For APO, Annie Bolitho looks at more creative ways into the Murray Darling Basin quagmire.
Recently the e-bulletin NRM jobs, advertised new positions for Directors at the Murray Darling Basin Authority (MDBA). The first responsibility listed stated: “Lead and manage or participate in a team whose responsibilities may include the development and review of Basin water policy”, betraying the Authority’s less than optimistic outlook. Anyone applying would know leadership at the MDBA is provisional. The CEO changeover in March saw Rhonda Dickson, Deputy Secretary of Agriculture step in on Rob Freeman’s resignation. She and Chair, Craig Knowles, who came in when Mike Taylor threw in the towel, were to steer ‘a fresh start’ for the launch of the Draft Basin Plan in June, and take the it into the next phase. As for the Board, Knowles had asked them to shift gear, and consider whether they were ‘so much perceived as being part of the problem that they couldn't be part of the successful future’.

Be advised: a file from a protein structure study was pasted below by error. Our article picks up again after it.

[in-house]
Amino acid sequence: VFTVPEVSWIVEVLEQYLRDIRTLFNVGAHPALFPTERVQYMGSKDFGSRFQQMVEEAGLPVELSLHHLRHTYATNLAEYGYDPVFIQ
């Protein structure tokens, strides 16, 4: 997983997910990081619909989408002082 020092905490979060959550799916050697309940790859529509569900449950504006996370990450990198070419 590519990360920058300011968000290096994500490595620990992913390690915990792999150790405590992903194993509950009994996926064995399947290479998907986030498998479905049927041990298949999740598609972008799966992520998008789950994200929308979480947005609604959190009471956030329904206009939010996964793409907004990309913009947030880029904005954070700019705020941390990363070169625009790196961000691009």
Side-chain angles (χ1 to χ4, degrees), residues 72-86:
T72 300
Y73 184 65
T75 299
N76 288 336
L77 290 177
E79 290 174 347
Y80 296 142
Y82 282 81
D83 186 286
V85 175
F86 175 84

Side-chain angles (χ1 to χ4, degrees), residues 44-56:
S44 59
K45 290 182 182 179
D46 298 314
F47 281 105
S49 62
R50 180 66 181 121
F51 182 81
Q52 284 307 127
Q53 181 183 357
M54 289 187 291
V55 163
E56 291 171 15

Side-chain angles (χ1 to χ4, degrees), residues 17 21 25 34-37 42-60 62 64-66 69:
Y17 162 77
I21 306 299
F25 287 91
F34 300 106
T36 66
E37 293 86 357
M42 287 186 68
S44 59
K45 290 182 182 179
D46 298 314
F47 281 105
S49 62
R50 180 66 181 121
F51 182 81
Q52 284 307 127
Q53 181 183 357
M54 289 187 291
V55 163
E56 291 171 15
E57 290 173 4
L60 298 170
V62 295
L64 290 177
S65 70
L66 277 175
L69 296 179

A new leadership was set to counter last year’s unsuccessful interaction with rural communities and irrigators. Now it’s December and the Draft Plan is out for 20 weeks of consultation. My thoughts turn to leadership in water management, and to younger leaders in particular as the new Basin Plan rolls out. Ongoing succession at the MDBA and in Basin leadership clearly depends on them. What will give them appetite for leadership in roles like the one advertised, mitigating “social and economic impacts of water management reform on the community, as well as providing technical support across the Authority to promote the optimisation of environmental, social and economic outcomes in the Basin”?
Over the last few years I’ve got to know Amanda, an engineer with a role in the people side of projects, in water management consultancy working on Victorian rivers and catchments, and in the Murray Darling Basin. We met through the Centre for Sustainability Leadership where I was a mentor. She was as passionate as other mentees I’d worked with, but in other ways she broke the mould. She was cautious about proposing a ‘vision’ or making major change by the end of the year. The field she worked in, improving the environmental health of rivers, was a bit different.
‘What is it about water management?’ I asked. ‘How do we as a society connect with it? What makes it such a challenge?’